Triple E Framework and Nouns Lesson
When students explain to others, they deepen their understanding and gain confidence in their learning.
Visuals help students recognize relationships within words and sentences to develop reading skills.
Brain breaks that include movement allow learners to refresh their thinking and focus on learning new information.
By talking through their thinking at each step of a process, teachers can model what learning looks like.
Imagining allows students to step back from a problem or task and think about it from multiple angles.
Adding motions to complement learning activates more cognitive processes for recall and understanding.
When students explain their thinking process aloud, they recognize the strategies they use and solidify their understanding.
Syntax skills help us understand how sentences work—the meanings behind word order, structure, and punctuation.
Helping students build their Vocabulary helps them understand what they are reading.
Working Memory allows a person to temporarily hold and manipulate information to apply in other processes.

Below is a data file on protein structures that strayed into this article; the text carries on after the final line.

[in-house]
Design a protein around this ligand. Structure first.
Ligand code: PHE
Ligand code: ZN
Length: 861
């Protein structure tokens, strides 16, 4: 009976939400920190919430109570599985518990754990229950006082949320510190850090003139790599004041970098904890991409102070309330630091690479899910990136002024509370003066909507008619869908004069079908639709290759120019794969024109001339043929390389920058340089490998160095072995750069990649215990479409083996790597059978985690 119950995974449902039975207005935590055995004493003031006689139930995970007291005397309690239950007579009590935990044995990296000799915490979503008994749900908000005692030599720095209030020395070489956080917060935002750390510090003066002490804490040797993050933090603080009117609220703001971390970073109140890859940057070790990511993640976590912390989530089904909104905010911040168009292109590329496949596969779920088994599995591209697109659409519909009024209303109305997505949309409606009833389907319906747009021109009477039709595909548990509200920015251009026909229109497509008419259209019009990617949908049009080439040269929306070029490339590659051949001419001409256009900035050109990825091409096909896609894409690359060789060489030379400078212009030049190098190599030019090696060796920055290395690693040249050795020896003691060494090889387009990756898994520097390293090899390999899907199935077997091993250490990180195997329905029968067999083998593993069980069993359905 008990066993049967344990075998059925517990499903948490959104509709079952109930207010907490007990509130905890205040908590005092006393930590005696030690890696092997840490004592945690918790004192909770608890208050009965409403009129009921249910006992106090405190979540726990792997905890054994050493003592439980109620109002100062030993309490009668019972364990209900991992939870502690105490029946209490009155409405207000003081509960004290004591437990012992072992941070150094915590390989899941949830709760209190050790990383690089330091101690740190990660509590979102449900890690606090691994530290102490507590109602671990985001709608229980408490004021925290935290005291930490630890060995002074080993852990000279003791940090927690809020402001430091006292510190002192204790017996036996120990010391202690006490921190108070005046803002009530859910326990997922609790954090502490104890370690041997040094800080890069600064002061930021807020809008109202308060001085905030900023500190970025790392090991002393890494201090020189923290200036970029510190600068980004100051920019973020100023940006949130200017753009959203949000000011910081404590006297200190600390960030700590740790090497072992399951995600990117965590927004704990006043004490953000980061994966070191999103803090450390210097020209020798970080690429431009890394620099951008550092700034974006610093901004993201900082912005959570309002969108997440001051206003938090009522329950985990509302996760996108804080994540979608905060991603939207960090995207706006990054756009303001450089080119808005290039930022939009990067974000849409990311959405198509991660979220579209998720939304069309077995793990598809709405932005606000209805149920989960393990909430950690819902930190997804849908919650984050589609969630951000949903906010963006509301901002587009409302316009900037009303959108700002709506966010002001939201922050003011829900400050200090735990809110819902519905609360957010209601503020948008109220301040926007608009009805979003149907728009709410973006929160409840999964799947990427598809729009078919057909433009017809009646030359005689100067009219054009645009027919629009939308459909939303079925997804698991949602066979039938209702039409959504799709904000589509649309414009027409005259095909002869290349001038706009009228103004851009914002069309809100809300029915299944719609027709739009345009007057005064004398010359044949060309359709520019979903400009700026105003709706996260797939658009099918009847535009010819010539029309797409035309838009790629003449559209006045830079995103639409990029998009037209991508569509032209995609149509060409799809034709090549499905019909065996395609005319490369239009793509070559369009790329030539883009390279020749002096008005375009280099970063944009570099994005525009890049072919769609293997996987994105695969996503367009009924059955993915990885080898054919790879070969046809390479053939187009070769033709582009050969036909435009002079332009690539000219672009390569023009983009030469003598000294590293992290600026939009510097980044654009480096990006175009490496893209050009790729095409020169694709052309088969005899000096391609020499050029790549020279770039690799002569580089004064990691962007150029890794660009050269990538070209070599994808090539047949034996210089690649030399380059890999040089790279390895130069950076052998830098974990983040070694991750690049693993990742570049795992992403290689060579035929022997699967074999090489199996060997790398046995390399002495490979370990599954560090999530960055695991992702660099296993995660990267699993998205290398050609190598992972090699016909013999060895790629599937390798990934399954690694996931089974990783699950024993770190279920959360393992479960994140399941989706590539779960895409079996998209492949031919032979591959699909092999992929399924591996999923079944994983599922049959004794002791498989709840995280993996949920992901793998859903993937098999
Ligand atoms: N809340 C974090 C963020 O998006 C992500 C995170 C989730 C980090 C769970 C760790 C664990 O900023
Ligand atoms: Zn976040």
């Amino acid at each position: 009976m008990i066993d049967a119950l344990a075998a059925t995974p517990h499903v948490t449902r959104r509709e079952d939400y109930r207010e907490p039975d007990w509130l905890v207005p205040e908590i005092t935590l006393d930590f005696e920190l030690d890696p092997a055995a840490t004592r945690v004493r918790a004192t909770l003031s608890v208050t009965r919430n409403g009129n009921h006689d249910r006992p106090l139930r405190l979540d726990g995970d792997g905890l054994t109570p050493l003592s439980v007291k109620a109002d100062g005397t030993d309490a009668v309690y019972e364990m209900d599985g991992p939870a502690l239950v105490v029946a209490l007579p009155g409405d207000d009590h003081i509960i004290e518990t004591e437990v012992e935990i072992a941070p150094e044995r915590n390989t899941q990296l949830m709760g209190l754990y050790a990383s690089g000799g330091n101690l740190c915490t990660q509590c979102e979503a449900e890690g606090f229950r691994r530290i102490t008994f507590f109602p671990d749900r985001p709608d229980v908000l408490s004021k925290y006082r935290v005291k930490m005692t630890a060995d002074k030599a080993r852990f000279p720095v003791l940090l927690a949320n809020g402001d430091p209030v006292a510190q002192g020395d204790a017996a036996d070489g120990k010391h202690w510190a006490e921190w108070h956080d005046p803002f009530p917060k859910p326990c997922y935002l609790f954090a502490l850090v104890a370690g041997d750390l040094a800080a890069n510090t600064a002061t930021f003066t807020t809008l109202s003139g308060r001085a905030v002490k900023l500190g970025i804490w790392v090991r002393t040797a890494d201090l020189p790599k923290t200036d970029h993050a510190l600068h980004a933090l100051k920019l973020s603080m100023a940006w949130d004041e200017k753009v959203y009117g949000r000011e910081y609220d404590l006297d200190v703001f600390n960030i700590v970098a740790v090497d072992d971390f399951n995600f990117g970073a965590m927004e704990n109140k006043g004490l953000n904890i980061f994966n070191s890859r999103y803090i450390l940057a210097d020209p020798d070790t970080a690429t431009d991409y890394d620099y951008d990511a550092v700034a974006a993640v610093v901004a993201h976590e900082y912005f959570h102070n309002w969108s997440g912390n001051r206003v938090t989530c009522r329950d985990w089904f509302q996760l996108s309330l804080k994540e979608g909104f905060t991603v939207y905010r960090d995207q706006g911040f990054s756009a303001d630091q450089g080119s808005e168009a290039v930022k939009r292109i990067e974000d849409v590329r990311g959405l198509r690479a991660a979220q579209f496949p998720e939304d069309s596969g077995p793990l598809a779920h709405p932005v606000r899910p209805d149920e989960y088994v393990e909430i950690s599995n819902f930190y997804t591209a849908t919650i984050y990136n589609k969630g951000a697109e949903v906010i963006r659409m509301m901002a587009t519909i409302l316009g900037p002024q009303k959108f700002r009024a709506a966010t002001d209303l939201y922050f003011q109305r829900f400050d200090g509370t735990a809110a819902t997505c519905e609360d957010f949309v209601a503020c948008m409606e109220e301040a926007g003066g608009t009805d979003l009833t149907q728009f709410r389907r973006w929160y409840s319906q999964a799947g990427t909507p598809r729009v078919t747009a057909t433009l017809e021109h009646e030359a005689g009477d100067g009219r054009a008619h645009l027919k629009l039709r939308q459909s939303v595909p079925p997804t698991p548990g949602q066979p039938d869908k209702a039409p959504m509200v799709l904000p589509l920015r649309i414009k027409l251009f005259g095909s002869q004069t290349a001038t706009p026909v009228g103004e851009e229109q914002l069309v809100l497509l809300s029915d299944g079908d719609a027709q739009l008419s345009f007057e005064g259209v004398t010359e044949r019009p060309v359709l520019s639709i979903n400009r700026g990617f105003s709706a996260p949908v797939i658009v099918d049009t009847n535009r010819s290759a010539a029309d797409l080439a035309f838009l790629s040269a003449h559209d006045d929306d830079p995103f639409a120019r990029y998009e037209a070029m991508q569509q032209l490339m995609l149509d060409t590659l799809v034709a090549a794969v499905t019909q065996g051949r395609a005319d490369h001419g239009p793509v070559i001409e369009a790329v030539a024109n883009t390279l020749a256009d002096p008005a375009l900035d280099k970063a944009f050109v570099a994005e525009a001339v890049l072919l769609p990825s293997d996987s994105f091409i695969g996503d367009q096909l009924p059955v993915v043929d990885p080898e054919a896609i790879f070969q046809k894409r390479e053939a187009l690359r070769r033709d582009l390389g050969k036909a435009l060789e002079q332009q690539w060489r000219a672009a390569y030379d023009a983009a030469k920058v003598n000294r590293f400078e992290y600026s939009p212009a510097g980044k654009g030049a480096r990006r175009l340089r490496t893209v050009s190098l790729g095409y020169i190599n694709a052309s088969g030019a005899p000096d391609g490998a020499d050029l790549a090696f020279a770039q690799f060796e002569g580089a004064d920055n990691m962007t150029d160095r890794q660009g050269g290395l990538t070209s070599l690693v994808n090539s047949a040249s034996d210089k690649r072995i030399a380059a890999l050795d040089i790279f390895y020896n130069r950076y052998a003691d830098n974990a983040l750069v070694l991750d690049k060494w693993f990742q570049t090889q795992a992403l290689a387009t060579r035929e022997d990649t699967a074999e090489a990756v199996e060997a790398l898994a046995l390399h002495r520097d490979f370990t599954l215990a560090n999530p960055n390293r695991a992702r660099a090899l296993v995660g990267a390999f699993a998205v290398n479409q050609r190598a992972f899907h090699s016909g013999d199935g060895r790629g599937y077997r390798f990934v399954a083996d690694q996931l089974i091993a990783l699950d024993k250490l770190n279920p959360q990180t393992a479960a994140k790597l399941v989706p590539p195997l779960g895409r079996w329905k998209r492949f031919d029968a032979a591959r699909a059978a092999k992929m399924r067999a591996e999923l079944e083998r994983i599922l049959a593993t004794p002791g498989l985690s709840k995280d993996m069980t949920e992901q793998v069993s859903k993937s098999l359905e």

Long-term Memory can store information indefinitely.
Attention is the ability to focus on a specific task without being distracted.
Auditory Processing is how we understand what we hear.
Self-regulation is the ability to alter and regulate our emotional and behavioral responses.
Emotions are complex psychological states stemming from a person's experiences.
Motivation is the desire and energy that guides behavior.
The trauma that comes from experiencing adversity in childhood releases stress hormones that can lead to changes in the body and brain.
A student's Home Literacy Environment (HLE) is the environment parents and caregivers provide to help learners gain early literacy skills.
Primary Language is the language a person has been exposed to from birth.
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